Octavian hated long, quiet rides like the one he was currently enduring. This particular trek was made worse by the fact that it was on a ship.
Octavian also hated the ocean.
He had grown up surrounded by water and had held many different types of employment that involved the sea. He had grown extremely tired of water ages ago; yet here he was, on a ship headed for an island.
It was her fault.
Centuries of having to endure countless moves, identity changes and a slew of other things he hated, were all her fault too.
She had cursed him with a life that wouldn’t end and he had tracked her to this island to make her reverse it. Once she did, he would kill her so she could never again inflict such an atrocity on another.
He had at some point, stopped changing his name and hiding his occupation. He didn’t advertise himself, naturally, but he also didn’t lie about who he was anymore either.
He hated the lying the most.
He had grown up proud to be who he was; proud of his name and his reputation as an incredibly honest, well respected man. He had been surrounded by friends and family that loved him and an endless line of beautiful girls that followed him everywhere.
That was until he fell in battle; or didn’t fall, in his case. He should have died and everyone who had been there to witness the sword go through his heart knew it. As it was though, he only felt the uncomfortable pressure of the sword as it went through him. He had dropped to his knees from shock, thinking it was the end of him and maybe it was shock and adrenaline that kept him from feeling the pain.
As the moments slowly ticked by however, everyone including him knew something wasn’t quite right. He looked down at the hand he had placed over the wound expecting to see blood; but there was none. He had checked where the sword had entered and exited to find no blood there. There was a tear in his uniform but his skin was untouched.
Though they were in mid-battle, the people around him, friend and foe alike, froze and stared at him before backing away in fear.
It was unacceptable to be considered a witch back then and he had been labelled one immediately; despite having grown up with many of the men around him, the life-long friendships and bonding through military endeavors.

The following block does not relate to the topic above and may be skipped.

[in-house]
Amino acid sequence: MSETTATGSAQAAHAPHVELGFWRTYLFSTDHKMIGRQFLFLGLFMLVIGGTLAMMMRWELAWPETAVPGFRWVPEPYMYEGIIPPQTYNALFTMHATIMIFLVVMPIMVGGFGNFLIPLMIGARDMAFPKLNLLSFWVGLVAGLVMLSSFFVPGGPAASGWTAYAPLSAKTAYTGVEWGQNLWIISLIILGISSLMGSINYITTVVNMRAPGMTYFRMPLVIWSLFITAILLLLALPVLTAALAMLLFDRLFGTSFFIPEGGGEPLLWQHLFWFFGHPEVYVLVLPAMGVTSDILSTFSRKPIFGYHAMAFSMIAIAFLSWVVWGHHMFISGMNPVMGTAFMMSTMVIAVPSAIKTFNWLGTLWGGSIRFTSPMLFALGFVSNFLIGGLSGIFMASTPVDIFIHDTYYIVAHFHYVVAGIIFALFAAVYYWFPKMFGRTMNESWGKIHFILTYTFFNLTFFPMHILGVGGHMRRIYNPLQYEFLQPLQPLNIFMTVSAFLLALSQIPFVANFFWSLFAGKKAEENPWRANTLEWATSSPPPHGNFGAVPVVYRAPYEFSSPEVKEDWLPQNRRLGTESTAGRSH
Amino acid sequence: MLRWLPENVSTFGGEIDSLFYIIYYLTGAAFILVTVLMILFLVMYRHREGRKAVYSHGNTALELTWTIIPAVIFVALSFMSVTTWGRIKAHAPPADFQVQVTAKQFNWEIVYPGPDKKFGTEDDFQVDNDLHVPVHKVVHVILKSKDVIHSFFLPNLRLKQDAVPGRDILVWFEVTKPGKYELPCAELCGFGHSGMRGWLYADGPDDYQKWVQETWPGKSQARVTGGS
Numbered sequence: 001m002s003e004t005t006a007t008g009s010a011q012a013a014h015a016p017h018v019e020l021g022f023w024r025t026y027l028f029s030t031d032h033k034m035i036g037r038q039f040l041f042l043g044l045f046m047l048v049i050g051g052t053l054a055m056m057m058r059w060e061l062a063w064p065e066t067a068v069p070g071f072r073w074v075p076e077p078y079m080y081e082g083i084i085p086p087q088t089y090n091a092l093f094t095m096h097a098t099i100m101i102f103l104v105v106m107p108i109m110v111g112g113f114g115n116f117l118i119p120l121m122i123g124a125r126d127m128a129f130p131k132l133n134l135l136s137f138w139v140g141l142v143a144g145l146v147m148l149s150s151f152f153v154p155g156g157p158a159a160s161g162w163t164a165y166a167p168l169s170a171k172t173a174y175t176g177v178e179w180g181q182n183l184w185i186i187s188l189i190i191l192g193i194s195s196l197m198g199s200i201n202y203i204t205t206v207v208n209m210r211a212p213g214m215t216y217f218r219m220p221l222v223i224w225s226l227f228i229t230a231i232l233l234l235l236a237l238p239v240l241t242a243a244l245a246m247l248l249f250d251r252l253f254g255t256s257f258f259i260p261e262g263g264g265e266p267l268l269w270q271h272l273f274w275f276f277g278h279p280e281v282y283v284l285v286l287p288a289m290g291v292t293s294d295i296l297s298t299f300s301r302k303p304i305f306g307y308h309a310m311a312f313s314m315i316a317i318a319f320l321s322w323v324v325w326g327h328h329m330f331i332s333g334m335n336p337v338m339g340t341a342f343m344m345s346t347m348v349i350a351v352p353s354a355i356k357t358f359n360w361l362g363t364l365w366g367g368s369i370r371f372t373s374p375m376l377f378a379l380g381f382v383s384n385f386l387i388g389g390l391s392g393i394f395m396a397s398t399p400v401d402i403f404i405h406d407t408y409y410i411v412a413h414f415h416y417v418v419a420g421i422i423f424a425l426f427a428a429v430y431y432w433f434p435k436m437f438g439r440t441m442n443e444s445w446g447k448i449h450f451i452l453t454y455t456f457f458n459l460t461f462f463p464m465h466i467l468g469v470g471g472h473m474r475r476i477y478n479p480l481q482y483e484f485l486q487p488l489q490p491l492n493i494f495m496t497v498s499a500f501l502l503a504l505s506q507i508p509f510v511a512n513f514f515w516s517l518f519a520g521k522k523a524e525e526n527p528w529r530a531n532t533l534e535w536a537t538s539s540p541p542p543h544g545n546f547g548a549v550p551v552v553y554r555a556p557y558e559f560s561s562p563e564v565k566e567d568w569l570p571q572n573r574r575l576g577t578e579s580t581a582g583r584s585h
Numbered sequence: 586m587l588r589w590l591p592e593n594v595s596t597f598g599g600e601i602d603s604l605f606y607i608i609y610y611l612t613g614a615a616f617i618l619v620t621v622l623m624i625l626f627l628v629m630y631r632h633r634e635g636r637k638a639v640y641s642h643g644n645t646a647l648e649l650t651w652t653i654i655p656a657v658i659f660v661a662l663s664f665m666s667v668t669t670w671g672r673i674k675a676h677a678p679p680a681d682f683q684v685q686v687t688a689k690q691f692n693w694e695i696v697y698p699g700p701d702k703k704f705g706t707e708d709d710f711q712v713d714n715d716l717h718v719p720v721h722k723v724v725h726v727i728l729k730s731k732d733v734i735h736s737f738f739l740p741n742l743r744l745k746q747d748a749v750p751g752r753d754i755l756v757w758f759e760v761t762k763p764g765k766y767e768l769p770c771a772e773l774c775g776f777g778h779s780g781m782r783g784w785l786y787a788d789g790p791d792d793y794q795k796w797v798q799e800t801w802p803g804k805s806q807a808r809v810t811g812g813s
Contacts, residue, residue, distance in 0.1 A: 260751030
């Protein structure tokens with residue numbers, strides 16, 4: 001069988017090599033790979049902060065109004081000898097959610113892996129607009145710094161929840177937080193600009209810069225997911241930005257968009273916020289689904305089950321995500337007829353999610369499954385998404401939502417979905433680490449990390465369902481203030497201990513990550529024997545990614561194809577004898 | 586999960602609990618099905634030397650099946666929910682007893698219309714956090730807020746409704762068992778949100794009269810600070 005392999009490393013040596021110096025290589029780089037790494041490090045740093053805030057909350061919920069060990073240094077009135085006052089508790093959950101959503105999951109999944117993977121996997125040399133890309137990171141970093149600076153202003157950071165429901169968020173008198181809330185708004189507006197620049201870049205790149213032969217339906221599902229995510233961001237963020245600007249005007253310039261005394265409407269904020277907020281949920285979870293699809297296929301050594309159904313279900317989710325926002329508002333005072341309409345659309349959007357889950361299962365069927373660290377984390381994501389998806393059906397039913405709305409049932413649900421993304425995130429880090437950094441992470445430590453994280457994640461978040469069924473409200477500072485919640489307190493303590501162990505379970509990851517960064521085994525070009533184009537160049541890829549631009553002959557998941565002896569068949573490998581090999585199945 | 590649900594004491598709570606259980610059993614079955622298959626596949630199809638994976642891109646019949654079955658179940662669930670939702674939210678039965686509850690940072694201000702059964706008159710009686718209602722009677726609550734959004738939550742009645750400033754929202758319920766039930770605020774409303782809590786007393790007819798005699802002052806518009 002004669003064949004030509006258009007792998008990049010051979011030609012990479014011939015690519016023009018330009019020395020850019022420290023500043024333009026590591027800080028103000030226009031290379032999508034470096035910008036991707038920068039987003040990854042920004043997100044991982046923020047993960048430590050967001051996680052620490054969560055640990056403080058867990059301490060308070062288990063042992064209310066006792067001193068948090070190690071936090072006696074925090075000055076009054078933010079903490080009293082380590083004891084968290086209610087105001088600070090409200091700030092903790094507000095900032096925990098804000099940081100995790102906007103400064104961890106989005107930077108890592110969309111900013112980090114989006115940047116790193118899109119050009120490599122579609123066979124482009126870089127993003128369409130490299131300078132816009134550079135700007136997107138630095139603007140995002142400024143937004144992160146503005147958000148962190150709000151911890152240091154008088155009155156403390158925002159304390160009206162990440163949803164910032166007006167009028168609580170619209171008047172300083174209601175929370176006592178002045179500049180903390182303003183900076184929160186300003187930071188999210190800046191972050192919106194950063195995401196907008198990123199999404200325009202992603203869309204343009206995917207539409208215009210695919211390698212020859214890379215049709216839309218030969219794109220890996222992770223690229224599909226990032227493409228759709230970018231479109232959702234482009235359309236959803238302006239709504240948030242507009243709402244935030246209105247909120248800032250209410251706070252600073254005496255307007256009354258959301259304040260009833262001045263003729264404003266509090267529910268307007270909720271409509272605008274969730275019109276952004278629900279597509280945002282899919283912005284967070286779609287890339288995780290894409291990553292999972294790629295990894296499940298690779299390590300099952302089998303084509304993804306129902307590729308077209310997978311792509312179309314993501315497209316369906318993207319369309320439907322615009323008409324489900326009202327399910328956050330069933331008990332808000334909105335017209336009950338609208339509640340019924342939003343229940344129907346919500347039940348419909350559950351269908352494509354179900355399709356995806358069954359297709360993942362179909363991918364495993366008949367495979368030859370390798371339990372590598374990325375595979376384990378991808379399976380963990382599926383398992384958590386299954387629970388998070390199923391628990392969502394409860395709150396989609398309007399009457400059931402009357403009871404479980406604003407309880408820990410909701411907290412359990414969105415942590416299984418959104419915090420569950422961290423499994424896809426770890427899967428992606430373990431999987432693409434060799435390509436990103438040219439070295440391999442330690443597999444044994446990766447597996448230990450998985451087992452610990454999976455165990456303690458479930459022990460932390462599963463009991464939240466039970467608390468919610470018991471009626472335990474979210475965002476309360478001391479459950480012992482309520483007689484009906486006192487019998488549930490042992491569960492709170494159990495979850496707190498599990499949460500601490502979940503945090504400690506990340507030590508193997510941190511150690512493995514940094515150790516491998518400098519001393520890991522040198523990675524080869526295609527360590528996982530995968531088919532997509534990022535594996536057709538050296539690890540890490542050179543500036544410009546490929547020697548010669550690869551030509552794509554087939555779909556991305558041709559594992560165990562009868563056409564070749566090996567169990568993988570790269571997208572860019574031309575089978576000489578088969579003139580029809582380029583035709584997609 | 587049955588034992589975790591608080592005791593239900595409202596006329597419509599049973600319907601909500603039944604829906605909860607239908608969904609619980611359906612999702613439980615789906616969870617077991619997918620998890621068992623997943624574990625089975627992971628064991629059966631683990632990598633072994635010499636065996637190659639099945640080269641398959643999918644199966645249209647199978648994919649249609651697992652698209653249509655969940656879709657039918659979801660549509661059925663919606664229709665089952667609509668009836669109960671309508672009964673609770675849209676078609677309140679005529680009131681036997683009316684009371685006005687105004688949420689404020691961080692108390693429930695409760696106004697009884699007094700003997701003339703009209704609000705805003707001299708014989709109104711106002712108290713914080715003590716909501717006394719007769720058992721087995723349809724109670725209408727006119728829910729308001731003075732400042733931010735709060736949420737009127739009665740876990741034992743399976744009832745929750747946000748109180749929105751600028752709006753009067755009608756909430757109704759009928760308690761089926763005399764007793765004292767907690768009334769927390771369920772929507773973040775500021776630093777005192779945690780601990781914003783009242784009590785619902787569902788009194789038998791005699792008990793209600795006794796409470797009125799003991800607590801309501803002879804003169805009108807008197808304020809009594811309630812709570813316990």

Octavian had run from the battle field and made his way to his parent’s home. He sat them down and told them as calmly as he could what had happened. They were as distraught as he knew they would be.
First their daughter, now their son.
Their only two children had somehow become witches in a world that refused to be tolerant of them no matter who they were or whether or not they’d had a choice in the matter.
His sister had been gone for over a decade at that point and no one ever talked about her. Ever.
After a few moments of crying together, his father had suggested he pack and leave immediately. He was to change his name, ditch his uniform, cover any distinguishable features and keep moving.
Had it been a private matter he may have had time to better prepare and take his parents with him, but too many people had seen and would be coming for him. He would have to run, hide and fight forever now and his parents could not endure such a life.
Octavian clinched his fists in rage at the memories. He missed his life and his parents every day. He had worked hard to insure his future in every way; his family had money, but he wanted to earn his own and contribute to their overall wealth.
He had joined the military for the adventure, comradery, education and experience; the pay had been a perk. He had also made a number of important connections through this venue that would be beneficial to his future; one such connection being Elizabeth’s father.
Octavian’s body relaxed slightly as he remembered her.
They had been passing through his captain’s home town on a military campaign and he had allowed a few of the guys to stay at his estate for the duration.
It had been fun, despite the seriousness of their campaign. They had dined, out of uniform, at a dinner table for the first time in months and found they truly enjoyed each other’s company. They had become friends.
One night, as they dined, the captain announced that they were nearing the end of their stay. They would be leaving in a couple of weeks and, though he had been enjoying this much needed break, they would have to start getting back into the practice of formalities once again.
He had suggested they spend the next week at his home incorporating battlefield etiquette into their days. He explained that he wanted them to address each other formally throughout their casual conversations. He told them he would start planning meetings every morning to discuss strategy; they were to wear their uniforms to these meetings. The first meeting would be the next morning.
The captain concluded his talk with an unexpected bit of news; his daughter would be arriving the next morning as well.
They never knew he had children; though it had been easy enough to imagine him as a father. He had been like a second father to all under his command; and like a first father to those who had never known one.
The captain went on to say that they were strictly prohibited from any interaction with his daughter. They had all nodded their agreements as he eyed them all in a way that let them know they may not live long enough to regret breaking that particular rule.
Octavian snickered at himself as he remembered his thinking back then. He had been imagining a child coming home from school for holiday. He had no interest in children and no short supply of females waiting for him to be ready to marry.
He had thought himself a long way from such things; boy, had he been wrong.
*Thank You for reading!*
End of Story 6-Part 1
Copyright©2019 Jennifer Treece